CULT FILM Some movies define a generation. Some distort a generation. Very special ones manage both. Welcome to the genius of Psych-Out, a 1968 American International Pictures epic (produced by none other than squeaky-clean American Bandstand icon Dick Clark) that remains perhaps the all-time high-water mark in cinematic hippiesploitation.
Oh, Psych-Out, Psych-Out, Psych-Out! How many times have I loved your psychedelic excesses since that fateful first viewing in the 1980s at Boston’s annual Schlock-around-the-Clock marathon? Not even my housemate’s desperate need to exchange MDA-driven warm fuzzies in the lobby could tear me from such enchantment. (She did succeed in wrangling me away that night from such additional gems as The Thing with Two Heads. A small resentment lingers.)
Psych-Out, which plays as part of the Red Vic’s commemoration of the Summer of Love’s 40th anniversary, is the least heralded of an unofficial AIP trilogy from that year, alongside The Trip (Peter Fonda drops lysergic under the tutelage of ever-levelheaded Bruce Dern) and Wild in the Streets (the US voting age is lowered to 14, resulting in Shelley Winters being sent to a concentration camp for too-old people). Those films were actual hits. Psych-Out ran through the drive-in mill and was quickly forgotten.
Stupid humans!! How could they resist a film advertised thus: "These are the PLEASURE LOVERS! They’ll ask for a dime with hungry eyes. But they’ll give you love for NOTHING! Have you ever TASTED FEAR or SMELLED MADNESS? LISTEN to the sound of PURPLE!" Nearly 30 Susan Strasberg plays Jenny, an underage runaway searching for her brother (Dern as "the Seeker," a sort of Crazy Acid Jesus). Escaping their abusive mother glimpsed in one genuinely disturbing flashback the mute Audrey Hepburngoesmod gamine arrives in San Francisco, center of the known counterculture universe, where she’s taken in by the hipsters who constitute rock group Mumblin’ Jim: a ponytailed Jack Nicholson, barely bothering to finger-mime rip-off Hendrix riffs as guitarist Stoney; jive-talking drummer Elwood (Max Julien); keyboardist Ben (biker-flick staple Adam Roarke); bassist Wesley (Tommy Flanders); and Wesley’s shareable wife, Lynn (Linda Gaye Scott), who can’t hit a tambourine on tempo to save her life. Then there’s Dean Stockwell as Dave, the serenely weird ex-bandmate turned fountain of guru wisdom. He lives in a rooftop cardboard box.
All help Jenny look for that elusive messianic bro, at least when not introducing her to the joys of thrift shop fashion montages and Golden Gate Park Be-Ins (at which garage greats the Seeds play). Befitting this turbulent generation, distracting crises occur. Some are peacenik-versus-redneck stuff requiring hippies to kick local junkyard greaser ass. Others are drug related, as when future bad director Henry Jaglom hallucinates that his limbs need cutting off. This occasions the immortal line "C’mon man! Warren’s freaking out at the gallery!"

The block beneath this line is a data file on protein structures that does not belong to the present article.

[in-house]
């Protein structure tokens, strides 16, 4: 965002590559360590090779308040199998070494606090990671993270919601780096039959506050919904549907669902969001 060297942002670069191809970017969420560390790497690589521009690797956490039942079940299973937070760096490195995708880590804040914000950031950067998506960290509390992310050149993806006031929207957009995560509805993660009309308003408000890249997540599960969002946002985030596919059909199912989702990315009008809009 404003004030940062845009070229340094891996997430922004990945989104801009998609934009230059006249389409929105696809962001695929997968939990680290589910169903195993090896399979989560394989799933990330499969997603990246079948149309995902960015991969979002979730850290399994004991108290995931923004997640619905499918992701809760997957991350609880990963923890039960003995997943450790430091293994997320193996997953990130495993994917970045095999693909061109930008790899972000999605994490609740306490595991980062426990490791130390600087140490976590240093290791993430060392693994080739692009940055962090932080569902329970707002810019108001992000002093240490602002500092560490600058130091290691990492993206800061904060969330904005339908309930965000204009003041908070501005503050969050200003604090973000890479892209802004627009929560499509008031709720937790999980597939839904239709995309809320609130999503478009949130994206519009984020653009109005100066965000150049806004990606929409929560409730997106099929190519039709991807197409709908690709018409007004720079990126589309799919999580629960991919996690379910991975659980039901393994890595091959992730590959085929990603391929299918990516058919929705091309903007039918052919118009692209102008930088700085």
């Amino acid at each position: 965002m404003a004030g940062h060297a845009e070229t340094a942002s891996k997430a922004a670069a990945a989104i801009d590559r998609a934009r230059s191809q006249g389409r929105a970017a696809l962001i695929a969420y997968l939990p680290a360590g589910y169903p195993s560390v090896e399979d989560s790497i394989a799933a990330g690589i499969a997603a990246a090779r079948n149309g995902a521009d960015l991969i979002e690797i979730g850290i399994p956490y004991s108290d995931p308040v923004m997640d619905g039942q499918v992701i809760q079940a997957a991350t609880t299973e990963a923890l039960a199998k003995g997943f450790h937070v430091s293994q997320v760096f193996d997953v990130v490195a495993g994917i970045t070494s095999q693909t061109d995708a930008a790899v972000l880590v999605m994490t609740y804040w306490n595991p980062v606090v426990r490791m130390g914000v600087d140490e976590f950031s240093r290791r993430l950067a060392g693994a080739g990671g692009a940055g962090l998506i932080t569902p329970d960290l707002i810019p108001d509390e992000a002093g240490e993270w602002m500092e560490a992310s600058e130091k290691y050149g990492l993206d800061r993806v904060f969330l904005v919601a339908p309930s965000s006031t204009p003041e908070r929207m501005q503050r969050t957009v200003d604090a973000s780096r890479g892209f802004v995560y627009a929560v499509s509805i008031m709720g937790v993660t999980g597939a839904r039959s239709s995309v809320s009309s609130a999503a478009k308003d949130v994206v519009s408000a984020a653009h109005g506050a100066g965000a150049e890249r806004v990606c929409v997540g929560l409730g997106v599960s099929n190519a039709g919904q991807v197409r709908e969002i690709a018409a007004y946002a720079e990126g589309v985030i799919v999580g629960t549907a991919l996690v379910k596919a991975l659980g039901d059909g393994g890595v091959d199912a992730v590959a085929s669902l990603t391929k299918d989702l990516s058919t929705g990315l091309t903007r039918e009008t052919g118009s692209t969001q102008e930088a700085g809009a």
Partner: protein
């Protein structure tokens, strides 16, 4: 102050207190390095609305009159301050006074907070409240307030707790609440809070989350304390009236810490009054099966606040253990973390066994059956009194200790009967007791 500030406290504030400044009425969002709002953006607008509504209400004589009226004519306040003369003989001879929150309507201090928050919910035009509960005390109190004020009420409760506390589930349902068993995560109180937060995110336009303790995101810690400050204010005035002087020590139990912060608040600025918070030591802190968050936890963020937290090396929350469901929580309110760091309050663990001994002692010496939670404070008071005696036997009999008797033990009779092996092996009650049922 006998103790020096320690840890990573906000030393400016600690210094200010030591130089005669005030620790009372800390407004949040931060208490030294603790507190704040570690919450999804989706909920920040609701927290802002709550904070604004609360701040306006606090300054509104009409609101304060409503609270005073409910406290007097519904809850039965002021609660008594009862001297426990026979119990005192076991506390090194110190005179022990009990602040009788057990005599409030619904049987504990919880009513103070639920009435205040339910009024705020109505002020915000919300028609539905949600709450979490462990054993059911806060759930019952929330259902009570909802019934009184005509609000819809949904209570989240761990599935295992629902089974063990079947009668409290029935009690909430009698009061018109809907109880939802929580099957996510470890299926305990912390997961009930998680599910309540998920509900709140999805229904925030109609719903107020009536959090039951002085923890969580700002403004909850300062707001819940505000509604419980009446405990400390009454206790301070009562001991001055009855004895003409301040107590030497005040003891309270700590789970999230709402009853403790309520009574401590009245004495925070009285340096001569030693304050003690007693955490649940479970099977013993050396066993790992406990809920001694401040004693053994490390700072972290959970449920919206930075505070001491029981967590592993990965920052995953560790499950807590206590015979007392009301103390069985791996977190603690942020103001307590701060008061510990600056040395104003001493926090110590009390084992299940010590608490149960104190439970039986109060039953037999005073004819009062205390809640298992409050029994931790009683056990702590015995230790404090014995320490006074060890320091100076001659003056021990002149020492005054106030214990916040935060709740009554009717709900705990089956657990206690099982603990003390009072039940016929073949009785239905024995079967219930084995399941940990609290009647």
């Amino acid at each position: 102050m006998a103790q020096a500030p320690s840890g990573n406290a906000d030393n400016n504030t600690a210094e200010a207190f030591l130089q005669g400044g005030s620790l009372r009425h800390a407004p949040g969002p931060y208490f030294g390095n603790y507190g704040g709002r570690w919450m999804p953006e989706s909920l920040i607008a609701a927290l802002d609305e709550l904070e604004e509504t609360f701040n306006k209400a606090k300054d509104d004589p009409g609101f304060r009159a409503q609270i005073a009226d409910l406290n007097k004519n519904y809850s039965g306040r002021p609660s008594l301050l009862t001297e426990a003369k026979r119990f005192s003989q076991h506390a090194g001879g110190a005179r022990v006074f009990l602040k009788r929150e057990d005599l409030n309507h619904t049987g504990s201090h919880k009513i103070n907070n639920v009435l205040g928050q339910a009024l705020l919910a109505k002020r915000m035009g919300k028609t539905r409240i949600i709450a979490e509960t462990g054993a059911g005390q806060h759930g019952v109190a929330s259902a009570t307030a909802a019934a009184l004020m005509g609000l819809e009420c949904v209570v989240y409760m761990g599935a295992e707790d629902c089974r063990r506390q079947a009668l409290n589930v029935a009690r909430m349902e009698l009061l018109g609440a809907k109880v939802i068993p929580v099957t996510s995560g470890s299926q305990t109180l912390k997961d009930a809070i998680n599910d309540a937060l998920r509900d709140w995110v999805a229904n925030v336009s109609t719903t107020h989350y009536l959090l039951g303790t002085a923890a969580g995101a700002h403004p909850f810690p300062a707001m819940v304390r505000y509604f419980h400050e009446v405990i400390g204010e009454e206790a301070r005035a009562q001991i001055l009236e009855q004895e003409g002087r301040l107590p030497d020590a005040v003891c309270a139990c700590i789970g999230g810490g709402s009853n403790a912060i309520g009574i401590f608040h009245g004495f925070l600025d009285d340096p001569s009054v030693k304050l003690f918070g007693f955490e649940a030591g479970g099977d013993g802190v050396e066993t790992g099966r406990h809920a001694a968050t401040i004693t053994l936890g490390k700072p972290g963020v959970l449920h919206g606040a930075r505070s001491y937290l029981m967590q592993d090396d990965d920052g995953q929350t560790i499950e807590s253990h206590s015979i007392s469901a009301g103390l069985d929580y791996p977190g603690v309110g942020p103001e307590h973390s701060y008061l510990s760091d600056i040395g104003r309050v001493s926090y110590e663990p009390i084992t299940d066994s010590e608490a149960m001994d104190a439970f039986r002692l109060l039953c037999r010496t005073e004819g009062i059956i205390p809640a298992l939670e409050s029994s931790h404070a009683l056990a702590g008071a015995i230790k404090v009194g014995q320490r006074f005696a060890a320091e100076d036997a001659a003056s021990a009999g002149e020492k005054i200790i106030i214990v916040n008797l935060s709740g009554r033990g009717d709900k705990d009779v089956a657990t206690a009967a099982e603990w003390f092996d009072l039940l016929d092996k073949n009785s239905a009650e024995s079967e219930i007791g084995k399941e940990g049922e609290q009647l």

Psych-Out has everything: kaleidoscope visuals, STP dosing, horror-movie hallucinations, and dialogue like "It’s all one big plastic hassle." The Strawberry Alarm Clock contribute not just their signature "Incense and Peppermints" but also a theme ("The Pretty Song from Psych-Out") whose lyrics and melody encapsulate the entire plotline with a dreamy be-there-or-be-square vibe and the song "Rainy Day Mushroom Pillow," which soundtracks a particularly senseless sequence involving the soft-focus stringing of beads around a communal household. More bent yet is the scene in which Nicholson and Julien sit in a van, their nutty bloodshot eyes suggesting major real-world fry-dom.
Psych-Out was largely filmed in the Haight-Ashbury of fall 1967, lending some aspects an authenticity that concurrent Hollywood hippiesploitation flicks lacked. Yet locals reportedly greeted the crew with such hostility that they had to hire Hells Angels as guards. The end-product melodramatic hash must have induced much derisive stoner laughter among subsequent longhaired viewers.
Director Richard Rush had an odd, thwarted career that peaked with one genuinely admired film (1980’s The Stunt Man), then after a long layoff crashed fatally against the 1994 erotic thriller absurdity Color of Night (Bruce Willis as a psychiatrist stalked by a transsexual patient). On the other hand, the richly colorful Psych-Out‘s Hungarian émigré cinematographer, Laszlo Kovacs, went on to shoot all of Peter Bogdanovich’s, Bob Rafelson’s, and Dennis Hopper’s major films plus Shampoo, Ghostbusters, and less prestigious but popular recent vehicles for Sandra Bullock and Julia Roberts.
Psych-Out is a camp classic that nonetheless makes you desperately wish you were there then. It’s a "bad" movie, yet wonderful in ways that aren’t silly or dated at all. Its freak flag is on.
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